Dad had Alzheimer’s. He was diagnosed five years earlier and I had traveled the emotions with Mom: grief, anger, acceptance, how can we help? We were lucky he had the variety where he still knew us, he was kind and relatively happy. But he was now in a full-time care facility in Connecticut and Mom was his advocate. What could we do now?
We had assembled in Skira Martinez’s Cielo Galleries, a live/work space in South Central Los Angeles. A motley handful of us sat on sofas in a sunny white room noshing on snacks with Chiwan Choi and Peter Woods while their Writ Large partner Judeth Oden Choi managed a vast graph documenting 90 days, starting in July, that were to be filled with cultural events as Writ Large Press entered its second iteration of 90x90LA. A consortium on disability was planned, as were conversations around gentrification within the city, cultural erasure, immigration, as well as readings, writing workshops for kids from various neighborhoods, nights of music, and poetry events.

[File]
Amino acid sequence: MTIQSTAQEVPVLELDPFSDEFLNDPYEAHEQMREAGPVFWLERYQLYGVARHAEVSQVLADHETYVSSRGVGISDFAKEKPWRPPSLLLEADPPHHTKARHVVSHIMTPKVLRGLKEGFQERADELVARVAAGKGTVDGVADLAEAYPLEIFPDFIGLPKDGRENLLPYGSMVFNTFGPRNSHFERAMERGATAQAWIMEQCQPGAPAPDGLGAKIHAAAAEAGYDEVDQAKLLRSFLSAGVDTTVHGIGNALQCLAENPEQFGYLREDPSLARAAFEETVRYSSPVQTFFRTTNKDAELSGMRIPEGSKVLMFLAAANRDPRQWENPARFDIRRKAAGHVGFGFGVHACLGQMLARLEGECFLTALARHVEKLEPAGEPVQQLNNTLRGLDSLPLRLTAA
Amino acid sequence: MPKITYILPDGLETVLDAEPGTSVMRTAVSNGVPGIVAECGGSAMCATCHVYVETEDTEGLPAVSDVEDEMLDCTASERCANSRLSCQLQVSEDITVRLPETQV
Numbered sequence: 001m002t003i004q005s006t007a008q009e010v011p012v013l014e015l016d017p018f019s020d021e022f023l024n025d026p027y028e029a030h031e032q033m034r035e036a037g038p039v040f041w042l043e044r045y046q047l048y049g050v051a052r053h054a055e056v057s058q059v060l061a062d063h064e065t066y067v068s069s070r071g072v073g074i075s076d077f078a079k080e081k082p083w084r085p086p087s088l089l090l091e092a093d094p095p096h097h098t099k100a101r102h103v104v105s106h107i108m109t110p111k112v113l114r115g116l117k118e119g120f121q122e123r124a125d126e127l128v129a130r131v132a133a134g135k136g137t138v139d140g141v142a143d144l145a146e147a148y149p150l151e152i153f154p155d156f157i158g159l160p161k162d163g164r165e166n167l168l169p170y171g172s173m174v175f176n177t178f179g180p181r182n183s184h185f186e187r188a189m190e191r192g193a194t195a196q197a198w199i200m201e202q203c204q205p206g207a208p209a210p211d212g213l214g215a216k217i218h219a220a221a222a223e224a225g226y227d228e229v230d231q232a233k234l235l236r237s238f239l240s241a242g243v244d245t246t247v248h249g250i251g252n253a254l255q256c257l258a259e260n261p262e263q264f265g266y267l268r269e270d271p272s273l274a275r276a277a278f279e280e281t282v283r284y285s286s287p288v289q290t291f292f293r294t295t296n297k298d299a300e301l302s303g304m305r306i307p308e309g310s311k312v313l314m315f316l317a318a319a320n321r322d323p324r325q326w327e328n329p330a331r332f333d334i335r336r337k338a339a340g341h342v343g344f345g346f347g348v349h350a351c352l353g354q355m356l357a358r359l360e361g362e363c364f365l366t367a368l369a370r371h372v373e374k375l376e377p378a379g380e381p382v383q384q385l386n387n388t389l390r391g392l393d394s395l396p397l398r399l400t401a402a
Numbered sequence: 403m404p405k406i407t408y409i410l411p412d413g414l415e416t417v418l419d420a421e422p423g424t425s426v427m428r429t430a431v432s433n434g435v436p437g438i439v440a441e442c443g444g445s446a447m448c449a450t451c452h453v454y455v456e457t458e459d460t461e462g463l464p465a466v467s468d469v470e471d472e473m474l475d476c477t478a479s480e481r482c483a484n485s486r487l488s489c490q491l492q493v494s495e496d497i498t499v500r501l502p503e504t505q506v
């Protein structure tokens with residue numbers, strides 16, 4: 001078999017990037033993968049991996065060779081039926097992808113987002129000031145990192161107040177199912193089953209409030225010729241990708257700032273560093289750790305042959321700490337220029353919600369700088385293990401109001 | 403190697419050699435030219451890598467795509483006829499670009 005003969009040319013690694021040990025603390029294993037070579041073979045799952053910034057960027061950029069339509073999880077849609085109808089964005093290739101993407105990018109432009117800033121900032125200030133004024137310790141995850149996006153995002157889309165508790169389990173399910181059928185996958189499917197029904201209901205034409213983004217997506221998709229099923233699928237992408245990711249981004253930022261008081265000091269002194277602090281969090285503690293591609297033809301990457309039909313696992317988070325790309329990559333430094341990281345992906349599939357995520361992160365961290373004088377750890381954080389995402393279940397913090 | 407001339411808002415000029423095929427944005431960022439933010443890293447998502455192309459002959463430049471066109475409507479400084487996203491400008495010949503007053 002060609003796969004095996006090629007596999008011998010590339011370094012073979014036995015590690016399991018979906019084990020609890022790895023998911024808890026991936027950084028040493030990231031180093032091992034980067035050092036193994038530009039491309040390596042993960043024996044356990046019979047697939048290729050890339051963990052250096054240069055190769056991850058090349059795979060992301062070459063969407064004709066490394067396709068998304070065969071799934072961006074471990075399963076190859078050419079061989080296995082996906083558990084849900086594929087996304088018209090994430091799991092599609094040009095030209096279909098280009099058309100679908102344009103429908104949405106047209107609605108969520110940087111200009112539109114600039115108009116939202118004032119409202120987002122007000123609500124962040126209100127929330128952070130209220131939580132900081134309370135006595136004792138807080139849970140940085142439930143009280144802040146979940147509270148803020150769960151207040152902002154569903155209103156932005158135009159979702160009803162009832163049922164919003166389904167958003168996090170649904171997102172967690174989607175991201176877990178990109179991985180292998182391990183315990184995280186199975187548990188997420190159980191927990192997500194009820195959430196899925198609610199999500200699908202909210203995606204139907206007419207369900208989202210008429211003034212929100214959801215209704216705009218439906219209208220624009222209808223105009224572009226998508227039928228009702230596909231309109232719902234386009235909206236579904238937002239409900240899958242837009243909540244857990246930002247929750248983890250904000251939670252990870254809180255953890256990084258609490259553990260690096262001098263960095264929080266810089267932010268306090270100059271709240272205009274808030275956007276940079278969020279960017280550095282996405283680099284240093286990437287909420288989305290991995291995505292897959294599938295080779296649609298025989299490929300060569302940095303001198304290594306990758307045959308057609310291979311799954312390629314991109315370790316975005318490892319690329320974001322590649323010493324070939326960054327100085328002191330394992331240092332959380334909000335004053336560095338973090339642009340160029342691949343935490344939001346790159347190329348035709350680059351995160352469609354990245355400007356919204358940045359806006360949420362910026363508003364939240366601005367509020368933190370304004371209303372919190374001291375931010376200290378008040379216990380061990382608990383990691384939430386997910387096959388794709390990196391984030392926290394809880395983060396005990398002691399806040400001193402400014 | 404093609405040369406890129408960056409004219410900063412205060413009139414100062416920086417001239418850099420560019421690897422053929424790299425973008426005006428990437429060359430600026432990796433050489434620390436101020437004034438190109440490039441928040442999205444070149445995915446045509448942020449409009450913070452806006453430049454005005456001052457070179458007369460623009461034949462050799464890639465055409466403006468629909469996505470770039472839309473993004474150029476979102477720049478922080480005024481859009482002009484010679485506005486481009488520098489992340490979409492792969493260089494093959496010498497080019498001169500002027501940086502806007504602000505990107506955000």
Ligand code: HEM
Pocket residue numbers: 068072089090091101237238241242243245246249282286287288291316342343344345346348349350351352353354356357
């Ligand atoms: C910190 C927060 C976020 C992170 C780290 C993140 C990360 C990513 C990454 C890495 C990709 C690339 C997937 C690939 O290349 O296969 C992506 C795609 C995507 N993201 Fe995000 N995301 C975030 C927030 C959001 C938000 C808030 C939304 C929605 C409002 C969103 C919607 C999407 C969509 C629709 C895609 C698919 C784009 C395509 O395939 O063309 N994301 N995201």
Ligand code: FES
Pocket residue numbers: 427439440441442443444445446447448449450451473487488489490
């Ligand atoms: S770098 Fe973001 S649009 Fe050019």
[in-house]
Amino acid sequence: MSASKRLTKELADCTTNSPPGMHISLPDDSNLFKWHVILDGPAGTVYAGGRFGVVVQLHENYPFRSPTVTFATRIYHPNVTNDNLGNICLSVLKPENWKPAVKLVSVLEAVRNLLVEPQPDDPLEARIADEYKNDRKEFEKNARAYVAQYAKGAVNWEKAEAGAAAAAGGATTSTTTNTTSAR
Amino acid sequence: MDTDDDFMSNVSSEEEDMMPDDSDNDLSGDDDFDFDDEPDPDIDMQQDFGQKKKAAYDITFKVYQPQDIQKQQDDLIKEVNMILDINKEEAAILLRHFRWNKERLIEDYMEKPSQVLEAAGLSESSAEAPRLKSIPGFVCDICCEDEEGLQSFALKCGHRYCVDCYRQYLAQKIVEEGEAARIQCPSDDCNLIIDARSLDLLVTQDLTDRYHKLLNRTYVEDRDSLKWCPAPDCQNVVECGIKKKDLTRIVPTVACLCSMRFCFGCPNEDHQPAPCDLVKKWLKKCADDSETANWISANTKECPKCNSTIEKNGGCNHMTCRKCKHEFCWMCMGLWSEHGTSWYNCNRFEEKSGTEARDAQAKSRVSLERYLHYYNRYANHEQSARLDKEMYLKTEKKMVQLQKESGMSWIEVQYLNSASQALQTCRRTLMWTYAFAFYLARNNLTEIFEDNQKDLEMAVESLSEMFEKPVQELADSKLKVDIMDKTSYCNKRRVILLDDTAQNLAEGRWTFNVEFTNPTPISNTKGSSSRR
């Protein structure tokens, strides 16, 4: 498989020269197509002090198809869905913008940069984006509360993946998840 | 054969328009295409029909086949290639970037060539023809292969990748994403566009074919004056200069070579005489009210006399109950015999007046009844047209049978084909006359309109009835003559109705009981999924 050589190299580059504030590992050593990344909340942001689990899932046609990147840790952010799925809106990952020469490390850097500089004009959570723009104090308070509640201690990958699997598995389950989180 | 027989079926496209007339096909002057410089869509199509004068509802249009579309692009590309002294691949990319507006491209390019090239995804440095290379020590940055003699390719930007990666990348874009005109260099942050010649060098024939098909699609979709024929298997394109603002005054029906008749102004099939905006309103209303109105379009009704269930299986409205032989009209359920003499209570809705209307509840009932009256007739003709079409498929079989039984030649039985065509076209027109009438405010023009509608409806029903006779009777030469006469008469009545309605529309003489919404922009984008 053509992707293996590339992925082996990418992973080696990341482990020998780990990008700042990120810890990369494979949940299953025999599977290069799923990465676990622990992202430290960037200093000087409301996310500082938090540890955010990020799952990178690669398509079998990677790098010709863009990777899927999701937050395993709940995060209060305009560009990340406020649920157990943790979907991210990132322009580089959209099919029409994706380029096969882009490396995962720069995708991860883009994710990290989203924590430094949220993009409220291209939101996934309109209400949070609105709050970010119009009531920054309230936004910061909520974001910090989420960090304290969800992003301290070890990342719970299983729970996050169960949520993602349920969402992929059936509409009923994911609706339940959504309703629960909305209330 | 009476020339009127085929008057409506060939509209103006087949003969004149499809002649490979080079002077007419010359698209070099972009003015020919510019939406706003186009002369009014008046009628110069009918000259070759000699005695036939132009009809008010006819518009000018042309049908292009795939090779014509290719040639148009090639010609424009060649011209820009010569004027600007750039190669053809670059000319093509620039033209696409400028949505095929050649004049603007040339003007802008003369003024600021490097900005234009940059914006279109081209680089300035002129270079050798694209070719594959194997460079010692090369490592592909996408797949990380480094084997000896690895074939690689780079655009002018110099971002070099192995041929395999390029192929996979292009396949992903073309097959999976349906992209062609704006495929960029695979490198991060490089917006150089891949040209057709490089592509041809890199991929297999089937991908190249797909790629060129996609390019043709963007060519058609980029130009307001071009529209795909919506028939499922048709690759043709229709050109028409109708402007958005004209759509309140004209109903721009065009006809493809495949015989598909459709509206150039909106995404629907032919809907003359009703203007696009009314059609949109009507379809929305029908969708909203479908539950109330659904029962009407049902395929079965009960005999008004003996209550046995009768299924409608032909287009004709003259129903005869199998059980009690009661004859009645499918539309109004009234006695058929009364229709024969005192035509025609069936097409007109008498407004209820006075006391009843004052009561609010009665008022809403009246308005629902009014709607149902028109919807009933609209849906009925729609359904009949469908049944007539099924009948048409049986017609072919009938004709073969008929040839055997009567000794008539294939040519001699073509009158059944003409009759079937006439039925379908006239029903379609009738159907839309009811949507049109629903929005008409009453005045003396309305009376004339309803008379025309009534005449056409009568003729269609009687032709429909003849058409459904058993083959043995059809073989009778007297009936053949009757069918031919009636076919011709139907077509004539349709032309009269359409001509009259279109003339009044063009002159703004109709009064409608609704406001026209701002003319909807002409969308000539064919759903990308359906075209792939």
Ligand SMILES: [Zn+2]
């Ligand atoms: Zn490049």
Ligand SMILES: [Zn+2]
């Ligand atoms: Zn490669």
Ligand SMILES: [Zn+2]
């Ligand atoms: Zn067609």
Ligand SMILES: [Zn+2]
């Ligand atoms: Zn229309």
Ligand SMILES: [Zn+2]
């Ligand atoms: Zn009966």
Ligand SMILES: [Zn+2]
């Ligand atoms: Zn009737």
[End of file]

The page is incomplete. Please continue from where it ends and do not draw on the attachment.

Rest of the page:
Representatives from different Los Angeles communities spit-balled ideas as Judy wrote them all in. It was to be called 90x90LA: Resist. Marching, writing letters, making phone calls weren’t enough. Trump had galvanized and mobilized racial hatred, ableism, sexism, homophobia. He had made the country dangerous for anyone not a cisgendered hetero white male. This response of creating safe spaces for folks not in that category was something I wanted to be a part of.
At least it got me out from behind my computer where the world spun out of control. This one sunny afternoon sitting amidst chips and watermelon, sharing ideas with twelve other people from different viewpoints, backgrounds, and artistic disciplines created a new kind of energy. It was an energy I hadn’t felt since before the election. It was movement and creativity during a time we felt paralyzed.